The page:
Indian Air Force Rafale

The modern battlefield demands aircraft that can excel in both air-to-ground and air-to-sea operations while maintaining air superiority. In this context, the Indian Air Force Rafale aircraft emerges as an unparalleled game changer and paramount asset. With an increasing number of nations embracing the capability approach, the procurement of a total of 36 Rafale aircraft represents the ideal response. With its ‘Omnirole’ capabilities, the Rafale embodies unrivalled versatility and effectiveness, making it an indispensable force in the field.

Photo Credit: Hesja Air-Art Photography
Photo Credit: Hesja Air-Art Photography

As of July 2022, the Indian Air Force had taken delivery of a total of 36 Rafale aircraft. These Rafales are equipped with Indian-specific enhancements, including the integration of the long-range Meteor air-to-air missile, low-band frequency jammers, advanced communication systems, an upgraded radio altimeter, radar warning receiver, high-altitude engine start-up capability, synthetic aperture radar, ground moving target indicator and tracking systems, missile approach warning systems, and very high-frequency radar.

Photo Credit: Hesja Air-Art Photography / Indian Air Force Rafale
Photo Credit: Hesja Air-Art Photography / Indian Air Force Rafale with PV effects

The French twin-engine Rafale, with canard delta-wing configuration, is a multipurpose fighter aircraft developed and produced by Dassault Aviation. This adaptable aircraft excels in a wide range of mission profiles, including air superiority, interdiction, aerial reconnaissance, ground support, deep strike, anti-ship attack, and nuclear deterrence, thanks to its extensive arsenal of weapons. Dassault refers to the Rafale as an ‘omnirole‘ aircraft since it can successfully perform several duties.

Photo Credit: Hesja Air-Art Photography
Photo Credit: Hesja Air-Art Photography

” Dassault’s battle-proven Rafale is the best and most complete combat aircraft, our test pilot has ever flown, delivering an ‘ incredible ‘ level of performance. ” _. Flight International magazine 2009

About the History of Dassault Rafale

In 1984, Dassault initiated the development of a new twin-engined multi-role fighter designed to meet the requirements of both the French Air Force and Navy. The proof-of-concept Rafale A conducted its maiden flight on July 4, 1986. The definitive production version of the Rafale, which took to the skies in May 1991, is slightly smaller in size. This delta-winged aircraft is constructed using advanced materials and is powered by twin M88 turbofan engines situated in the lower fuselage. Notably, it features moving canards positioned beside the cockpit.

Photo Credit: Hesja Air-Art Photography
Photo Credit: Hesja Air-Art Photography

For the French Air Force, there are variants such as the single-seater Rafale C and the two-seater Rafale B. Meanwhile, the French Navy employs the Rafale M, a carrier-borne version specially adapted for naval operations. The Rafale M incorporates modifications such as a twin-wheel nose gear, long-stroke main undercarriage legs, and an arrester hook.

In simple terms, the aircraft comes in three primary variants: the Rafale C, a single-seat land-based version; the Rafale B, a twin-seat land-based version; and the Rafale M, a single-seat carrier-based version.

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Photo Credit: Hesja Air-Art Photography
Photo Credit: Hesja Air-Art Photography

The aircraft is equipped with six underwing hardpoints, two wingtip missile stations, six under-fuselage pylons, and an internal 30-mm cannon (with 13 hardpoints on the Rafale M version). Flight testing involved four prototypes, and the maiden flight of one of the 61 initial production aircraft took place in December 1998. The French military originally anticipated a requirement of 234 aircraft.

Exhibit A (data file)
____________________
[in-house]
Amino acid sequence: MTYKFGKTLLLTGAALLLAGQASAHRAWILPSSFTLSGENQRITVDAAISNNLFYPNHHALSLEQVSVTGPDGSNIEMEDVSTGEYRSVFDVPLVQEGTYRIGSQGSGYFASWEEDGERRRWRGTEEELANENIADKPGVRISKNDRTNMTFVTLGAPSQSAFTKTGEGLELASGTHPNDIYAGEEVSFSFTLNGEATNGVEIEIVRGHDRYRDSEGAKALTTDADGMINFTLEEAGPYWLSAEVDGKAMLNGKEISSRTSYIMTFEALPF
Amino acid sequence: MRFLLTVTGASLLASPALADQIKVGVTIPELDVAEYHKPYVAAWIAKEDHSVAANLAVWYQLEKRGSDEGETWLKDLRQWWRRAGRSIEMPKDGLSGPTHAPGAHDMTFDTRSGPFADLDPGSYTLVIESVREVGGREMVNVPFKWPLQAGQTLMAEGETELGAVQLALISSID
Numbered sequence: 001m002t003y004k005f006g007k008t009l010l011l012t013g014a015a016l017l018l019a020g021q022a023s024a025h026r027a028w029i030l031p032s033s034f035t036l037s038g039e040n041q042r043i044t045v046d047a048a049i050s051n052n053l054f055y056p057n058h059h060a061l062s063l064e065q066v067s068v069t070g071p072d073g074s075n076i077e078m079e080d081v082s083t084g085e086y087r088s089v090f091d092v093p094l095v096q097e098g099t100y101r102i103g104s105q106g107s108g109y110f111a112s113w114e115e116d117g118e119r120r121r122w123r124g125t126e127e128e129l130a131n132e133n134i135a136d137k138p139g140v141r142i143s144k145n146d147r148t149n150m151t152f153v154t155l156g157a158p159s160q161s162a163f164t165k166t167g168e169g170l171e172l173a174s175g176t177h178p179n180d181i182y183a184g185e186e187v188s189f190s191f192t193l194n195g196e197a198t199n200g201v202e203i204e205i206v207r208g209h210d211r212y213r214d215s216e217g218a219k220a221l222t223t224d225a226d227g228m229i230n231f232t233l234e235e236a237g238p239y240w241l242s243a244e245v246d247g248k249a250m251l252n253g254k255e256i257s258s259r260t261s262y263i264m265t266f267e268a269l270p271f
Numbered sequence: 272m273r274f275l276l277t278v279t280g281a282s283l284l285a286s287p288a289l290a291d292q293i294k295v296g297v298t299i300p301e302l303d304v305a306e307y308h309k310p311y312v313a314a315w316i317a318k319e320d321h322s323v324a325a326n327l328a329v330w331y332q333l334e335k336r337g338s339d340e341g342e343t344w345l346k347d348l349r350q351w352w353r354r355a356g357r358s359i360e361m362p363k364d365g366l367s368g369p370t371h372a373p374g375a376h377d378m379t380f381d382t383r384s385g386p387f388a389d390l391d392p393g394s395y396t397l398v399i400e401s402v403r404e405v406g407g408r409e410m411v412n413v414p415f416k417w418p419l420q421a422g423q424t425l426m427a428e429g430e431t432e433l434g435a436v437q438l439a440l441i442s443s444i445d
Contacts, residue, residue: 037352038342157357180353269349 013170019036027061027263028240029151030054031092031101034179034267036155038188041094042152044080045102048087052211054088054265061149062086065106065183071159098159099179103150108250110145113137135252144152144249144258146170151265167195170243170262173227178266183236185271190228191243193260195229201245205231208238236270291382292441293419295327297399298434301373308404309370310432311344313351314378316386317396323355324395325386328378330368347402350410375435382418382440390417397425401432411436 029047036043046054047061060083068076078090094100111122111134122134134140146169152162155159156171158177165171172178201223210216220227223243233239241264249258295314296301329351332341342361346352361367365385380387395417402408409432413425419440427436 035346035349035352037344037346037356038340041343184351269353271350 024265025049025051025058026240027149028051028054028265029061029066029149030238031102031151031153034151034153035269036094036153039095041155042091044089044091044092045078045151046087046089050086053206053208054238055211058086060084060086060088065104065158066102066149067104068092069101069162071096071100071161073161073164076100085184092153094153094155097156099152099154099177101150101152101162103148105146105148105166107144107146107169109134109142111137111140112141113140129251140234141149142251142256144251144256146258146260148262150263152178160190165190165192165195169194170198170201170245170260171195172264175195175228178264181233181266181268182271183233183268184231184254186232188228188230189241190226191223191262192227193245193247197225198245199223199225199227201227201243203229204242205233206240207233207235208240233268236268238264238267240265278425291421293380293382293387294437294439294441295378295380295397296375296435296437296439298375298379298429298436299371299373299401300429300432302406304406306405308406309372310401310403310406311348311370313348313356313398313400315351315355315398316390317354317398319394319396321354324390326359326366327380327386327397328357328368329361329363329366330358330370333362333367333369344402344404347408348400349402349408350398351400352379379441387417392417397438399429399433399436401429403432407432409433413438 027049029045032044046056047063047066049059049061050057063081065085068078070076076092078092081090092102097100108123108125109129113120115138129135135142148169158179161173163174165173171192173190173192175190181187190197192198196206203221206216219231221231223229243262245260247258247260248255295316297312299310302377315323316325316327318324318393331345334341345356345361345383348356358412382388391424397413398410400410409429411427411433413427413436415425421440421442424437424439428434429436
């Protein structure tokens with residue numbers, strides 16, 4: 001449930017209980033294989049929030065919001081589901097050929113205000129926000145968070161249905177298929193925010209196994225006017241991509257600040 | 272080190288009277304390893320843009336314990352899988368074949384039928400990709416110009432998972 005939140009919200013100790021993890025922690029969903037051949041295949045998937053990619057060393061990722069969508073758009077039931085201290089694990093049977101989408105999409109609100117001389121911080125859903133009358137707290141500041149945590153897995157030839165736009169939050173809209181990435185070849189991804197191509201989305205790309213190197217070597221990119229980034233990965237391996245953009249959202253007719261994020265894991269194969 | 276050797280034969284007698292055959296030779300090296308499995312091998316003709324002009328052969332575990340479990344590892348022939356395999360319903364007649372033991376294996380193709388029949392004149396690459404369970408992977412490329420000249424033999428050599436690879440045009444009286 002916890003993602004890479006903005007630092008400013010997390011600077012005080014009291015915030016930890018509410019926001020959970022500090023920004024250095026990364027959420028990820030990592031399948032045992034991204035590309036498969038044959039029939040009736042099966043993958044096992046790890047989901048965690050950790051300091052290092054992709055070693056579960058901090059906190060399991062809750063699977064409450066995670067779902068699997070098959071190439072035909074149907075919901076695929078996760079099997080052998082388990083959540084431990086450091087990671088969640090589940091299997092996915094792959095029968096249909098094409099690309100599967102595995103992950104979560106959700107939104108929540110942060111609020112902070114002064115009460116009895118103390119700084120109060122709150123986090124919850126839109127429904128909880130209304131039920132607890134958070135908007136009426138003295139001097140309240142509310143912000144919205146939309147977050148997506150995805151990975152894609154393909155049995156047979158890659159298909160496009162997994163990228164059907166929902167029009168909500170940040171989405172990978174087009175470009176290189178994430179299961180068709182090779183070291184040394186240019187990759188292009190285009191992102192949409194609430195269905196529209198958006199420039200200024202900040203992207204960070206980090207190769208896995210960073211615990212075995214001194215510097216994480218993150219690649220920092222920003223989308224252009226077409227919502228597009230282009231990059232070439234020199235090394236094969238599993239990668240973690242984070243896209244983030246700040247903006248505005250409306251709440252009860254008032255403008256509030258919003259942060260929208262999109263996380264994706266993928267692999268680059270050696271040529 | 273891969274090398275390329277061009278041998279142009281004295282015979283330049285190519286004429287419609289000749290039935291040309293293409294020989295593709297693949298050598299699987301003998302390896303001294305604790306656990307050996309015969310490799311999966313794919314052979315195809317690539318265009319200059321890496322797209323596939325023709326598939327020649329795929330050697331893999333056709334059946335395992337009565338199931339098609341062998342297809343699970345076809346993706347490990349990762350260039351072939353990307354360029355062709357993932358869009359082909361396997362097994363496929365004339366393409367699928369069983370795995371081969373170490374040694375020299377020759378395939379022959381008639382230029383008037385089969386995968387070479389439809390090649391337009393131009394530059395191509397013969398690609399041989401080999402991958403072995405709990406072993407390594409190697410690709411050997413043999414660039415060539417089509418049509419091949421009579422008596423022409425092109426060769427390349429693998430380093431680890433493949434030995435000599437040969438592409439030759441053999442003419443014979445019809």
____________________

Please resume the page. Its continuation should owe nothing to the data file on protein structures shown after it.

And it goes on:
Photo Credit: Hesja Air-Art Photography
Photo Credit: Hesja Air-Art Photography / the Rafales are designed for short take-offs and landings as well

The Rafale aircraft fully aligns with the objective of fulfilling a broad spectrum of roles with a minimal number of aircraft. It is engaged in a range of missions, including permanent ‘Quick Reaction Alert’ (QRA), air defence, air sovereignty, power projection for external missions, deep strikes, ground force air support, reconnaissance, pilot training sorties, and nuclear deterrence responsibilities.

Debuting in 2001, the Rafale aircraft is crafted for dual service, catering to both the French Air Force and carrier-based deployments with the French Navy. Its global appeal is evident as it has been offered for export to numerous nations and has been chosen and acquired by esteemed air forces such as the Egyptian Air Force, Indian Air Force, Qatar Air Force, Hellenic Air Force, Croatian Air Force, Indonesian Air Force, and the United Arab Emirates Air Force. The Rafale has a history of active involvement in combat operations across various theatres, including missions in Afghanistan, Libya, Mali, Iraq, and Syria.

Photo Credit: Hesja Air-Art Photography
Photo Credit: Hesja Air-Art Photography

Upgrades and Replacement Program for the Dassault Rafale in France

The Rafale has been meticulously designed with an open software architecture, facilitating seamless upgrades. Dassault, in collaboration with industry partners, has consistently undertaken testing and development initiatives with the primary goal of improving the aircraft’s sensors, avionics, and the integration of additional armament. Notable upgrades considered in 2011 encompassed a software radio and satellite link, a cutting-edge laser-targeting pod, smaller munitions, and refinements to the aircraft’s data-fusion capacity.

In January 2014, the defence ministry allocated funds for the development of the F3R standard, which encompasses the integration of the Meteor BVR missile and other weapons, along with software updates. The F3R standard was successfully validated in 2018.
Photo Credit: Hesja Air-Art Photography
Photo Credit: Hesja Air-Art Photography

The most recent upgrade program, initiated under the F4 standard, commenced development in 2019. The F4 standard introduced significant enhancements, including radar and sensor upgrades that enhance the detection capabilities for airborne stealth targets over long distances. It also featured improvements in the helmet-mounted display system. The aircraft’s communication equipment was upgraded, making it more effective in network-centric warfare. Flight tests for these upgrades commenced in 2021, and the first F4-standard aircraft was delivered in 2023. Plans include upgrading existing aircraft to this standard, along with procurement of an additional 30 aircraft by the French Air and Space Force in 2023.